An overriding reaction is that “surely, trains don’t need that many wires?”, but remember that they require electrical sockets to every seat, air conditioning, electrically operated doors, passenger information systems, lighting, seat reservations, WiFi, and many more systems that demand electricity. Trains have moved on from the simple 42-way cable down the trains.

When the painted shells enter the first of five zones in the workshop, the production team start with marking out for the floor fittings. Here, they use templates reminiscent of a giant plywood jigsaw puzzle, where each piece has cut-outs forming masks for the painted location marks to position the internal floor supports − simple, accurate and reproducible.

The supports were fitted next, followed by the carpeted floor. This stage included the start of fitting heat/sound insulation and fitting window frames, the latter involving generous use of Sika adhesive/filler products; cue for much humour about whether manufacturers would cope without Sika products. On the underframe some of the basic mounts for equipment were fitted – many threaded fasteners captive in the C-section solebar tracks.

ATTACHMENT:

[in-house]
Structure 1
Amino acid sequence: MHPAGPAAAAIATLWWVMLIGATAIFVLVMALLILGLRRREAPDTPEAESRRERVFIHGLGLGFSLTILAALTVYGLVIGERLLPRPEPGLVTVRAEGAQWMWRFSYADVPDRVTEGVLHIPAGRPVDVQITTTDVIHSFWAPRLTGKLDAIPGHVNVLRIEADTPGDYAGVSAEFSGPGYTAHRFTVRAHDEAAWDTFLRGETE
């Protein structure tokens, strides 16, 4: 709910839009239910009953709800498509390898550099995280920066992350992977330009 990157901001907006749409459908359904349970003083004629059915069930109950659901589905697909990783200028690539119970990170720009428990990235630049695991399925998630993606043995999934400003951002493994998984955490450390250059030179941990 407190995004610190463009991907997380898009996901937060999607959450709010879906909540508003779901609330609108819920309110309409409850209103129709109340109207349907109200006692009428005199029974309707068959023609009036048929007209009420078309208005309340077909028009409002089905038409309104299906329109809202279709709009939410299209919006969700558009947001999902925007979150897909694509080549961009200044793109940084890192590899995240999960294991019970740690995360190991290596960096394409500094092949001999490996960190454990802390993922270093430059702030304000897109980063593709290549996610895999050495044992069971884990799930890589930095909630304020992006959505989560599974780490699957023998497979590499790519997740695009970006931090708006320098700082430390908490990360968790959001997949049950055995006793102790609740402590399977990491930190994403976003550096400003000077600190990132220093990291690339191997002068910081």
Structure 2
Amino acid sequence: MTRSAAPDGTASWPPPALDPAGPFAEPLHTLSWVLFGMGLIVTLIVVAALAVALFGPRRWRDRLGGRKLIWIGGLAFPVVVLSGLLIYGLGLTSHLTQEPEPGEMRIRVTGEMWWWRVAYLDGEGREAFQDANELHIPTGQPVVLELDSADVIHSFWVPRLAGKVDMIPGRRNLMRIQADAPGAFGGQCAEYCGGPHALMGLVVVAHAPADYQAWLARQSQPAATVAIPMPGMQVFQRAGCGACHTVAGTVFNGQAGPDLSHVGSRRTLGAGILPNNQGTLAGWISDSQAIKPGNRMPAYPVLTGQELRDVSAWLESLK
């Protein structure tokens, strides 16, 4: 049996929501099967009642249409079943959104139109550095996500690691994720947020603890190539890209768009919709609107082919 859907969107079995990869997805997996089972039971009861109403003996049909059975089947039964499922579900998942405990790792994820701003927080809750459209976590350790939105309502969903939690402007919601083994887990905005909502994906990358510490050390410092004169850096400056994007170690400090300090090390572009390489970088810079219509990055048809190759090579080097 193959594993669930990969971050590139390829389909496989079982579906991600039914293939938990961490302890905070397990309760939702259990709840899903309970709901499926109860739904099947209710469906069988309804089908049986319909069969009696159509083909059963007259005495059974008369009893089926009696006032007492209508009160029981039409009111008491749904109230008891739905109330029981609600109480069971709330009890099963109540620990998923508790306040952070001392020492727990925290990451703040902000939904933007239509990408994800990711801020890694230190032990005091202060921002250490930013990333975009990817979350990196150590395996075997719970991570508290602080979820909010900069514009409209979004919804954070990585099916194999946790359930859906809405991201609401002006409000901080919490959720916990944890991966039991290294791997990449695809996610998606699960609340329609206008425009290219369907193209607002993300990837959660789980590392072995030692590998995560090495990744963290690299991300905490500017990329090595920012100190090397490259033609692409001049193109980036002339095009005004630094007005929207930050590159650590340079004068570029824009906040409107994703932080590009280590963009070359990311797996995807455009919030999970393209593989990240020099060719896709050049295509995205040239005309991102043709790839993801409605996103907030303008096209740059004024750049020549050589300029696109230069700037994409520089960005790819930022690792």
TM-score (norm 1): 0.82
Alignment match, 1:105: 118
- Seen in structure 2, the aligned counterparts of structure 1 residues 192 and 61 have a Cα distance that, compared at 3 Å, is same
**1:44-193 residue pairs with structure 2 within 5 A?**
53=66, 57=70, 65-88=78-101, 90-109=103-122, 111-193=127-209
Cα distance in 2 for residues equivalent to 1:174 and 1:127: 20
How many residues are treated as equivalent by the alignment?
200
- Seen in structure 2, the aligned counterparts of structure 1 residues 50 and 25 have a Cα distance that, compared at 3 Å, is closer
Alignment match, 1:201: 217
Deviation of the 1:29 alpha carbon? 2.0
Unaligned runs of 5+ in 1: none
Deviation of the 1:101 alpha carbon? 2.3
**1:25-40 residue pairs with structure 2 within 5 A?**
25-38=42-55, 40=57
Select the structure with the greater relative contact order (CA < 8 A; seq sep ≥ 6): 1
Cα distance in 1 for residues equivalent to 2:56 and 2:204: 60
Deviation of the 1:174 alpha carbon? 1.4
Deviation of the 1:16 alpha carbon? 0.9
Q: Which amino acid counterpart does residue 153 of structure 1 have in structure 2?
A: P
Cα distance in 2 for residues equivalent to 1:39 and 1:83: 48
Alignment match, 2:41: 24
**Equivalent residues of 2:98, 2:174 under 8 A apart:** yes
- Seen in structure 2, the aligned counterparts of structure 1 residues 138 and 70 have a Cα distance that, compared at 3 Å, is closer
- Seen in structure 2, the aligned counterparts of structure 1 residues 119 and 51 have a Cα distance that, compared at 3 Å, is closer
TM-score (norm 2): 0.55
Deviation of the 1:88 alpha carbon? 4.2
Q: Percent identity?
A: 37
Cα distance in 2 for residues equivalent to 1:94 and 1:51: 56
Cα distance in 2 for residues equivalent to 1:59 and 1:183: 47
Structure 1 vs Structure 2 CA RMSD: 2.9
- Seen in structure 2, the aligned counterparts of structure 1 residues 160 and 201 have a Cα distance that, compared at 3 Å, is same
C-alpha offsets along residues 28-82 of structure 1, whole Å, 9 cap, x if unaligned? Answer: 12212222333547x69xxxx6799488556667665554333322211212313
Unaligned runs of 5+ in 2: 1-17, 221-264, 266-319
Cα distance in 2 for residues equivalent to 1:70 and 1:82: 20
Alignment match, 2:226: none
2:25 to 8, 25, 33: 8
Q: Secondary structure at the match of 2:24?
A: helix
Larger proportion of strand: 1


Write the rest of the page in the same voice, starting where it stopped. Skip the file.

The second zone involved fitting the electrical harnesses, making sure that all the wires were fed though to the correct parts of the vehicle, and installation of equipotential bonding cables (making sure all parts of the vehicle were earthed). Although some connectors were pre-fitted, most were fitted after the looms had been installed on the vehicle. The door mechanisms and doors were fitted at this stage, and carefully aligned so that they opened, closed, and plugged smoothly. The CAF guides reassured the group that, on test, little re-adjustment is necessary even though significant extra mass is added to the vehicle at later production stages, potentially, altering its shape slightly. Also fitted was the window glass, front end obstacle deflector, autocouplers and toilets.

The group was able to examine the underframes at this stage. There was an opportunity to see the installation of the diesel engine heat detection and fire extinguisher system, and the substantial C-section tracks in the aluminium extrusions which are used to support underframe mounted equipment.